Enterprise Connect 2017 conference coverage
Reporting and analysis from IT events
Phone numbers are proving to be versatile tools. These days, phone numbers go beyond traditional voice calls and provide detailed information about callers. How people use phone numbers and place calls has also changed dramatically.
Web calling, click-to-chat and click-to-video tools on websites have greatly expanded how companies and customers interact. These web-based communications are largely fueled by APIs and WebRTC.
Cloud-based communication APIs provide the building blocks to initiate web calling and other browser-based communications. This technology has emerged within unified communications in the past year with the help of certain API vendors.
Genband's Kandy, for instance, offers tools to embed communications into websites and mobile devices. Through Kandy's web portal, users can create buttons on their websites to enable web calling and other browser-based communications. Kandy's visual attendant allows businesses to create different communication options for customers, said Carlos Aragon, director of Kandy UC solutions marketing at Genband, based in Plano, Texas.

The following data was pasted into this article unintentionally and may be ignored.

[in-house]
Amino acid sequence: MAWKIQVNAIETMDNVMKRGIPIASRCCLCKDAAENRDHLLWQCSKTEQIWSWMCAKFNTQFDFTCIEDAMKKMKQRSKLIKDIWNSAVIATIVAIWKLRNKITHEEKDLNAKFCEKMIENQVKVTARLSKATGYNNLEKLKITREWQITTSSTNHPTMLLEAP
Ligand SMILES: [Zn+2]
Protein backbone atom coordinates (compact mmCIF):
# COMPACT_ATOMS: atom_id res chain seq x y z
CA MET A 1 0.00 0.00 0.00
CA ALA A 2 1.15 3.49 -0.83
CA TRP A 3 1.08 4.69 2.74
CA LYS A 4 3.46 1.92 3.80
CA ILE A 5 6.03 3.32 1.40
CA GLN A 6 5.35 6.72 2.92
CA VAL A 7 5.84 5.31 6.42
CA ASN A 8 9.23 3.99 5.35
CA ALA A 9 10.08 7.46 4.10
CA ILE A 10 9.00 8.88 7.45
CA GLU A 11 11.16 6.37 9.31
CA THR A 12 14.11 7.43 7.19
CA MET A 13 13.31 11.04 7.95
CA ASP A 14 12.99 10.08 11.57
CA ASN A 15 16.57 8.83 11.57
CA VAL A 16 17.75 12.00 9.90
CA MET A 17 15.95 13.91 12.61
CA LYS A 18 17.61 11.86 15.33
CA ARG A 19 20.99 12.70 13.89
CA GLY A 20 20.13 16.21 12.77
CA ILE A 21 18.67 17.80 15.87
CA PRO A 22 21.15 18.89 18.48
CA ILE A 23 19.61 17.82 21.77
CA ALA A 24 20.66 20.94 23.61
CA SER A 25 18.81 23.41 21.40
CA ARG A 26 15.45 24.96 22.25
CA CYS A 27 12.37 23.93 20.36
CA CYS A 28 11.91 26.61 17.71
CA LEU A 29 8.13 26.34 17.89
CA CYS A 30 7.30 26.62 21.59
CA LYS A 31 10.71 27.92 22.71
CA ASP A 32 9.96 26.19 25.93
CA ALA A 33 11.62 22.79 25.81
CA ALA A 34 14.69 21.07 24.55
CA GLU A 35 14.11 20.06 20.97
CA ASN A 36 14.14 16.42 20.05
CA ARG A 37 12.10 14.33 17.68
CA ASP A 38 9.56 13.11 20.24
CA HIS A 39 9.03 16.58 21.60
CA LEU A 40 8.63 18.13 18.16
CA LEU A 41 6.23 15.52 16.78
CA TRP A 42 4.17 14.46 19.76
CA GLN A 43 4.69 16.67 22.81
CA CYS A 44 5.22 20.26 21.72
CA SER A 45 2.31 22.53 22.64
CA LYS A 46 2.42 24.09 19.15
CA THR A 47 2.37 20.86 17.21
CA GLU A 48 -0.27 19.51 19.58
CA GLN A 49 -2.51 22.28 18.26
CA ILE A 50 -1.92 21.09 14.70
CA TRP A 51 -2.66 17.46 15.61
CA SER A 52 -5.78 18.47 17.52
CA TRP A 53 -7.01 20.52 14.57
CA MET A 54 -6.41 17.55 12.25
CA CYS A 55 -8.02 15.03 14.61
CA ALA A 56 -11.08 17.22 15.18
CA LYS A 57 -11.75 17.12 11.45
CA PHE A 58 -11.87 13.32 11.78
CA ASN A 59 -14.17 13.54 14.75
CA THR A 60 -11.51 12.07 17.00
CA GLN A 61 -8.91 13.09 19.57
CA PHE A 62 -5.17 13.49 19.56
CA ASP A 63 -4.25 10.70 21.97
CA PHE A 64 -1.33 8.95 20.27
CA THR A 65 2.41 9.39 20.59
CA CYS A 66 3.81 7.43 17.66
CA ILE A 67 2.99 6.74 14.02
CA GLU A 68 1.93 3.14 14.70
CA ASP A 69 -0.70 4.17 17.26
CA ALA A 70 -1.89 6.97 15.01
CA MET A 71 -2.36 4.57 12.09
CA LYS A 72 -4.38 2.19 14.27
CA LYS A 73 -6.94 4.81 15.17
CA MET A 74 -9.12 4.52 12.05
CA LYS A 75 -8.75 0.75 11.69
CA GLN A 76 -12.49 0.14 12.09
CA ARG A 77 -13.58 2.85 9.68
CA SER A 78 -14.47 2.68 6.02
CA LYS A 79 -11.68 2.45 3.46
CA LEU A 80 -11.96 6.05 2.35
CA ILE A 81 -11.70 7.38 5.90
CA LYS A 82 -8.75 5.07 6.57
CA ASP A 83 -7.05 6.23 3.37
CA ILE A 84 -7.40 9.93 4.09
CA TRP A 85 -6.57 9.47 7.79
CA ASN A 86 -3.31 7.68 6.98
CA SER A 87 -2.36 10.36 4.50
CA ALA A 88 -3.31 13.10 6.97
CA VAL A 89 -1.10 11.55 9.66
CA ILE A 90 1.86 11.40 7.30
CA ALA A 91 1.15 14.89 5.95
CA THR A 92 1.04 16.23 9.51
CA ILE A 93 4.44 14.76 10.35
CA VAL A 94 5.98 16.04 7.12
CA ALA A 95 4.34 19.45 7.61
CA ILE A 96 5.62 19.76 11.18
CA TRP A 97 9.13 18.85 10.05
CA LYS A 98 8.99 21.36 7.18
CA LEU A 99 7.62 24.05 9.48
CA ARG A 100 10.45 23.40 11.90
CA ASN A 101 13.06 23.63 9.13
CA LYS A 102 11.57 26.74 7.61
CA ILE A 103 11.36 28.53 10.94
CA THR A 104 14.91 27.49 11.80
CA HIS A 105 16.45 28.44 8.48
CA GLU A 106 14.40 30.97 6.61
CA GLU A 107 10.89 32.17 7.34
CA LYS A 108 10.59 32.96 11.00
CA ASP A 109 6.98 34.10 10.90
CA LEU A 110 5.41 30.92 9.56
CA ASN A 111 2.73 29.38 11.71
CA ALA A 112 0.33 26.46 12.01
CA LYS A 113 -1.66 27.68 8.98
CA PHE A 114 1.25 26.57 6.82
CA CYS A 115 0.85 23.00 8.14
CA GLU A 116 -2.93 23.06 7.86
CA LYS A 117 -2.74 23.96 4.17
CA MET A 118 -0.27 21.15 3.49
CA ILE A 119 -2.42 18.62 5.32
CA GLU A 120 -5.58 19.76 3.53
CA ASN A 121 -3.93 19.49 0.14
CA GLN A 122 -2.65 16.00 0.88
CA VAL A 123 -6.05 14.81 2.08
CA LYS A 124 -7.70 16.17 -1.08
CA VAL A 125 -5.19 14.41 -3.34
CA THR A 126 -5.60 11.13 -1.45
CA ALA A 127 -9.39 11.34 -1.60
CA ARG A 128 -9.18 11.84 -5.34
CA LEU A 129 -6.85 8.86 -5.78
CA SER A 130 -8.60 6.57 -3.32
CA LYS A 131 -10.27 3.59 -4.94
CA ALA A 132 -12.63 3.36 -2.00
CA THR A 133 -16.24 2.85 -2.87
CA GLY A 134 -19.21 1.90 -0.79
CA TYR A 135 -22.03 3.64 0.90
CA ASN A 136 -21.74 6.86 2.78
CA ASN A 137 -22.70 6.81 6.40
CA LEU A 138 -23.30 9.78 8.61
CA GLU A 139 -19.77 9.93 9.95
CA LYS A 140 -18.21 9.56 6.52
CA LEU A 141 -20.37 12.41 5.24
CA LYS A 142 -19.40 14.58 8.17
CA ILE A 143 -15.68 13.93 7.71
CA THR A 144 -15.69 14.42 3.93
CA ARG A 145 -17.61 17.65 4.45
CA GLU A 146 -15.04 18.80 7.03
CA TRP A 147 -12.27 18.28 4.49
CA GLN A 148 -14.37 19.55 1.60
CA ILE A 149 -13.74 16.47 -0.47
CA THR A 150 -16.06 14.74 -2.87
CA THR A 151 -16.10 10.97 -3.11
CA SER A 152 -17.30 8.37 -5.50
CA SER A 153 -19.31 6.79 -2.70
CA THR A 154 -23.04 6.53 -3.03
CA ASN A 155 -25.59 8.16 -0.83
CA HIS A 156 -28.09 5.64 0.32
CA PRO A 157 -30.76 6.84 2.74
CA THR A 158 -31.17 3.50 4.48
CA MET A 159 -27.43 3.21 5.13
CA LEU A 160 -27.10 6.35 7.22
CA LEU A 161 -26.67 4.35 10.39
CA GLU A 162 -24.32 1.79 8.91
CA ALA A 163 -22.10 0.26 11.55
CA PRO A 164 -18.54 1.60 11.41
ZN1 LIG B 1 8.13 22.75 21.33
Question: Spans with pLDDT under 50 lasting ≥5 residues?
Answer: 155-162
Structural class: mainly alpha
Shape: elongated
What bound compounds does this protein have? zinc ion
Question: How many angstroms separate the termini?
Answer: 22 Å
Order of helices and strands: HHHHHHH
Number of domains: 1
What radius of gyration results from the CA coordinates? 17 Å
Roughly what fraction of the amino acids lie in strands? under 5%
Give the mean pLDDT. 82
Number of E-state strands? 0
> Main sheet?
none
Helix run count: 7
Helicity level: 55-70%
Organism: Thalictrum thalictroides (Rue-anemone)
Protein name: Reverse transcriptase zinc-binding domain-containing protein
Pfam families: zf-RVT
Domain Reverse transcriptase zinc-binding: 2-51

"If you are able to copy and paste code into a website, if you're able to embed a YouTube video into a blog, you can use our tool to build the APIs into your website," Aragon said. "It's very simple."
Communications API poster child Twilio offers a web-calling feature in which many companies are starting to build contact centers, said Al Cook, director of product at Twilio, based in San Francisco. Contact-center agents and customers can make and take calls from within their browsers. When customers call, the system finds the appropriate, available agent, and the caller's information appears on the agent interface, providing contextual communication.
In the video above, see how API vendors Genband, Twilio and Vonage are helping businesses build web-based communications.